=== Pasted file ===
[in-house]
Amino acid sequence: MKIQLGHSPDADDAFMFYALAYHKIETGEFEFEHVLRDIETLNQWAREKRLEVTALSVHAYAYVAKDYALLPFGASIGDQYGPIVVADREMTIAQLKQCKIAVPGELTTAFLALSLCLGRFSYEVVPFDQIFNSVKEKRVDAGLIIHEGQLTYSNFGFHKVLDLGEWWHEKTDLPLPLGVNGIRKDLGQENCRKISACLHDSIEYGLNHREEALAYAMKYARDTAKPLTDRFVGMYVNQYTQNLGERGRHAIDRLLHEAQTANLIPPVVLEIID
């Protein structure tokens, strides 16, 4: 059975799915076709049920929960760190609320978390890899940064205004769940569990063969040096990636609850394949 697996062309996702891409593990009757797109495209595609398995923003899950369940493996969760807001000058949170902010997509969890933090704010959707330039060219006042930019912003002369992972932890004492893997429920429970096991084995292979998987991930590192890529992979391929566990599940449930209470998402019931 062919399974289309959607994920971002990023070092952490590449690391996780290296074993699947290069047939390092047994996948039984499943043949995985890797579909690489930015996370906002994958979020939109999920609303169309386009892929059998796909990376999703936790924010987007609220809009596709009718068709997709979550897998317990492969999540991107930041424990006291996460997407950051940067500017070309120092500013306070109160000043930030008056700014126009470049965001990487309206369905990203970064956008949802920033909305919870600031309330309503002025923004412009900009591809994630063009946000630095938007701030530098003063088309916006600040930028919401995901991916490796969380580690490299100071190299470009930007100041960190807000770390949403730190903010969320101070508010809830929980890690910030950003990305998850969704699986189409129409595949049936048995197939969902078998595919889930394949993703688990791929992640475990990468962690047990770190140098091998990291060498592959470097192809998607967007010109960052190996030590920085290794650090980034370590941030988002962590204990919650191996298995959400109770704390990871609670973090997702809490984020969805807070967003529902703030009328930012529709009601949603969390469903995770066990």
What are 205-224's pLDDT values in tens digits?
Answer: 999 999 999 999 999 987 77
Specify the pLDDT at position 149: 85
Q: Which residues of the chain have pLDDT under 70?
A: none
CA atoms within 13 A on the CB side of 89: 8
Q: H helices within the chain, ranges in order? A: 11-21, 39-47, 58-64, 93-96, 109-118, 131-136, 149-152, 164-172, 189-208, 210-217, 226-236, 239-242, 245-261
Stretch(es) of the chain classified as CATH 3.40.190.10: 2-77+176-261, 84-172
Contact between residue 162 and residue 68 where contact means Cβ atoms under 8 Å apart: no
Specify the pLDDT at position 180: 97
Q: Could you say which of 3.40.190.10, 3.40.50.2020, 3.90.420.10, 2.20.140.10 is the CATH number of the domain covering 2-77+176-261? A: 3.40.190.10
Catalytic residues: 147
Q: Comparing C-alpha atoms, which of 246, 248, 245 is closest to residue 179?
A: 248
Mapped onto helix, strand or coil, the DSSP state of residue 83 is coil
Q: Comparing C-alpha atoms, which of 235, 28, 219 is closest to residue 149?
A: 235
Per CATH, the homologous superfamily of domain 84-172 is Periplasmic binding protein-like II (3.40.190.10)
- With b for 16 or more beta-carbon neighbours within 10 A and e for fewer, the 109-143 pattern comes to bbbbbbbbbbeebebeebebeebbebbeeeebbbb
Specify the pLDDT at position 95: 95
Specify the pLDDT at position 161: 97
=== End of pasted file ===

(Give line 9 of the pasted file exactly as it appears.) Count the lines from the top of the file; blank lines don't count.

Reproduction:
CA atoms within 13 A on the CB side of 89: 8